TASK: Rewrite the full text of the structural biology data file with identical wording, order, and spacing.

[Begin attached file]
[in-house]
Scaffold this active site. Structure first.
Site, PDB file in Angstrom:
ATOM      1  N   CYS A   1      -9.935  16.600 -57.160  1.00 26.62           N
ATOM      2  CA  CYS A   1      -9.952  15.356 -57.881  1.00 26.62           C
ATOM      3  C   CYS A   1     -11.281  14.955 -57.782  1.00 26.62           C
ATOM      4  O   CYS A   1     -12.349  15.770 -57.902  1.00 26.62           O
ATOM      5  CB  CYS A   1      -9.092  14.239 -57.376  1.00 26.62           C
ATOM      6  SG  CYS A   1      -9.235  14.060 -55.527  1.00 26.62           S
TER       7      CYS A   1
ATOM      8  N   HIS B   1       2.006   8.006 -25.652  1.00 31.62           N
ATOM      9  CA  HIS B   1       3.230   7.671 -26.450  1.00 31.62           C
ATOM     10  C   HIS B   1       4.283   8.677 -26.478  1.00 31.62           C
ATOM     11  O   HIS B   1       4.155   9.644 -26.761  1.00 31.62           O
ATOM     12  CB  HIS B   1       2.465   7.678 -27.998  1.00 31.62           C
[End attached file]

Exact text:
[in-house]
Scaffold this active site. Structure first.
Site, PDB file in Angstrom:
ATOM      1  N   CYS A   1      -9.935  16.600 -57.160  1.00 26.62           N
ATOM      2  CA  CYS A   1      -9.952  15.356 -57.881  1.00 26.62           C
ATOM      3  C   CYS A   1     -11.281  14.955 -57.782  1.00 26.62           C
ATOM      4  O   CYS A   1     -12.349  15.770 -57.902  1.00 26.62           O
ATOM      5  CB  CYS A   1      -9.092  14.239 -57.376  1.00 26.62           C
ATOM      6  SG  CYS A   1      -9.235  14.060 -55.527  1.00 26.62           S
TER       7      CYS A   1
ATOM      8  N   HIS B   1       2.006   8.006 -25.652  1.00 31.62           N
ATOM      9  CA  HIS B   1       3.230   7.671 -26.450  1.00 31.62           C
ATOM     10  C   HIS B   1       4.283   8.677 -26.478  1.00 31.62           C
ATOM     11  O   HIS B   1       4.155   9.644 -26.761  1.00 31.62           O
ATOM     12  CB  HIS B   1       2.465   7.678 -27.998  1.00 31.62           C